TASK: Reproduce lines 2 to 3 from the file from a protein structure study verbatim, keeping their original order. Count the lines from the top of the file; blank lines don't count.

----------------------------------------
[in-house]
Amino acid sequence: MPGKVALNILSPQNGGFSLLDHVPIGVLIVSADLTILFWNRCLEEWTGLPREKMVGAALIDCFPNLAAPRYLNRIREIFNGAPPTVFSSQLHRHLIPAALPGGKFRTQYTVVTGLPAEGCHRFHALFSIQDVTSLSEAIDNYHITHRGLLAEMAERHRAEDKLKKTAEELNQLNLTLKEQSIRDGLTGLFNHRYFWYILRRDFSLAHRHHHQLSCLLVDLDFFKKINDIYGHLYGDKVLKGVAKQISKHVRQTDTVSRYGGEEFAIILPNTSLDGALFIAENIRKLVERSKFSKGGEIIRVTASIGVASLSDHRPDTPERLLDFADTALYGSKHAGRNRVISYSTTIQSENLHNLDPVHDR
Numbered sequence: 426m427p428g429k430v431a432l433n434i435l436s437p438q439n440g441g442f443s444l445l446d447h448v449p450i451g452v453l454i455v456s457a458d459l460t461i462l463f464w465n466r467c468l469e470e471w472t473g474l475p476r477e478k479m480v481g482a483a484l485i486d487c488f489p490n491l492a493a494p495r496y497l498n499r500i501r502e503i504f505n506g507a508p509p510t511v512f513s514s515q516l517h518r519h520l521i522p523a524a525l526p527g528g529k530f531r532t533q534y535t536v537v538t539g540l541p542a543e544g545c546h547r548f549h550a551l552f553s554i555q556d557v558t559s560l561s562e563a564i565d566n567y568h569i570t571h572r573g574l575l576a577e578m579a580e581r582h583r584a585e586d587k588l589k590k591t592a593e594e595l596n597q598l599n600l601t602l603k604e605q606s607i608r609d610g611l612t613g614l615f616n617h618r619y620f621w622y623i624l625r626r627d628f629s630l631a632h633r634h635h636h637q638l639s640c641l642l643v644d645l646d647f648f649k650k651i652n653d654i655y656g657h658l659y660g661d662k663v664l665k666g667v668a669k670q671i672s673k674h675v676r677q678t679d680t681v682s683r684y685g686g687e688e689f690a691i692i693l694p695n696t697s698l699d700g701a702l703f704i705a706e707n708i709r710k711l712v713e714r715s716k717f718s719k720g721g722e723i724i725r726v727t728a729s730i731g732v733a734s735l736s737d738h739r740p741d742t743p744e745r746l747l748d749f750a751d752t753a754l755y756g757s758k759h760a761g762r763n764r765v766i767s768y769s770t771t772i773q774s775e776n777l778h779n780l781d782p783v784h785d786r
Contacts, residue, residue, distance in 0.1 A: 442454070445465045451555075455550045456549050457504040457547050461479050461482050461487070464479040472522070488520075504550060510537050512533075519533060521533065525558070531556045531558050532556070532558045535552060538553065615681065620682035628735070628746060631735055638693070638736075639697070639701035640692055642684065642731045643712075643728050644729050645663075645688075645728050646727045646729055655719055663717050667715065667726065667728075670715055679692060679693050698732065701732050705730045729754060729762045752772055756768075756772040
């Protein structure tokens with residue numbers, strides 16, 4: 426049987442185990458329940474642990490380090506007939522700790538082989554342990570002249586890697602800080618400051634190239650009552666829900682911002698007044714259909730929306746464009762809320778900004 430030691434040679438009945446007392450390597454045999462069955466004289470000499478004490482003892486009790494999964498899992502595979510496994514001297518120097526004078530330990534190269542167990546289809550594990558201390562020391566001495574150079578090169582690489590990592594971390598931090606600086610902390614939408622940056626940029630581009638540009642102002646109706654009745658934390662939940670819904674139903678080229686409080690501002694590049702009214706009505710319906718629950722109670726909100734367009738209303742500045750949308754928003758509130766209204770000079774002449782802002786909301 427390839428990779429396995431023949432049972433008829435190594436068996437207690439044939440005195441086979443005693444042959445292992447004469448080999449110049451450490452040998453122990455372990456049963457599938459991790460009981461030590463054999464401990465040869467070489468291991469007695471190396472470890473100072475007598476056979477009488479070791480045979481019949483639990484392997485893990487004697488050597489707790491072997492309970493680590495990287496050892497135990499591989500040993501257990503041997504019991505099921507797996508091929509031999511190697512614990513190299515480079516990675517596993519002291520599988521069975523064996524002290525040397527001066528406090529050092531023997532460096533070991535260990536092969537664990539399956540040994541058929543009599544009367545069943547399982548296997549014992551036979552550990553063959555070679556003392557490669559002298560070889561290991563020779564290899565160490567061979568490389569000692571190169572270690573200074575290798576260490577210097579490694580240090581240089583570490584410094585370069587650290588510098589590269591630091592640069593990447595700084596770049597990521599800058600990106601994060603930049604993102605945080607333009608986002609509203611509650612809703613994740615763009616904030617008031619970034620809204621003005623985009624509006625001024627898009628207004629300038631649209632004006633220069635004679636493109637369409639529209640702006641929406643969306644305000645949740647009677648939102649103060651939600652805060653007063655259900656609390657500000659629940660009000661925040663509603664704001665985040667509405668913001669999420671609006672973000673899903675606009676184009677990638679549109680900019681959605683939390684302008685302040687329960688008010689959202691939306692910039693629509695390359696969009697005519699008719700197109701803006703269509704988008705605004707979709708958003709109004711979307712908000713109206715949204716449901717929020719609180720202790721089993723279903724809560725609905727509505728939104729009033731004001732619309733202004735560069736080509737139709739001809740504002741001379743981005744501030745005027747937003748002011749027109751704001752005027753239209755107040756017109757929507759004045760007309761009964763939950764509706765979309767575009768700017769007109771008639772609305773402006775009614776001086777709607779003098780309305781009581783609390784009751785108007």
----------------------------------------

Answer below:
Amino acid sequence: MPGKVALNILSPQNGGFSLLDHVPIGVLIVSADLTILFWNRCLEEWTGLPREKMVGAALIDCFPNLAAPRYLNRIREIFNGAPPTVFSSQLHRHLIPAALPGGKFRTQYTVVTGLPAEGCHRFHALFSIQDVTSLSEAIDNYHITHRGLLAEMAERHRAEDKLKKTAEELNQLNLTLKEQSIRDGLTGLFNHRYFWYILRRDFSLAHRHHHQLSCLLVDLDFFKKINDIYGHLYGDKVLKGVAKQISKHVRQTDTVSRYGGEEFAIILPNTSLDGALFIAENIRKLVERSKFSKGGEIIRVTASIGVASLSDHRPDTPERLLDFADTALYGSKHAGRNRVISYSTTIQSENLHNLDPVHDR
Numbered sequence: 426m427p428g429k430v431a432l433n434i435l436s437p438q439n440g441g442f443s444l445l446d447h448v449p450i451g452v453l454i455v456s457a458d459l460t461i462l463f464w465n466r467c468l469e470e471w472t473g474l475p476r477e478k479m480v481g482a483a484l485i486d487c488f489p490n491l492a493a494p495r496y497l498n499r500i501r502e503i504f505n506g507a508p509p510t511v512f513s514s515q516l517h518r519h520l521i522p523a524a525l526p527g528g529k530f531r532t533q534y535t536v537v538t539g540l541p542a543e544g545c546h547r548f549h550a551l552f553s554i555q556d557v558t559s560l561s562e563a564i565d566n567y568h569i570t571h572r573g574l575l576a577e578m579a580e581r582h583r584a585e586d587k588l589k590k591t592a593e594e595l596n597q598l599n600l601t602l603k604e605q606s607i608r609d610g611l612t613g614l615f616n617h618r619y620f621w622y623i624l625r626r627d628f629s630l631a632h633r634h635h636h637q638l639s640c641l642l643v644d645l646d647f648f649k650k651i652n653d654i655y656g657h658l659y660g661d662k663v664l665k666g667v668a669k670q671i672s673k674h675v676r677q678t679d680t681v682s683r684y685g686g687e688e689f690a691i692i693l694p695n696t697s698l699d700g701a702l703f704i705a706e707n708i709r710k711l712v713e714r715s716k717f718s719k720g721g722e723i724i725r726v727t728a729s730i731g732v733a734s735l736s737d738h739r740p741d742t743p744e745r746l747l748d749f750a751d752t753a754l755y756g757s758k759h760a761g762r763n764r765v766i767s768y769s770t771t772i773q774s775e776n777l778h779n780l781d782p783v784h785d786r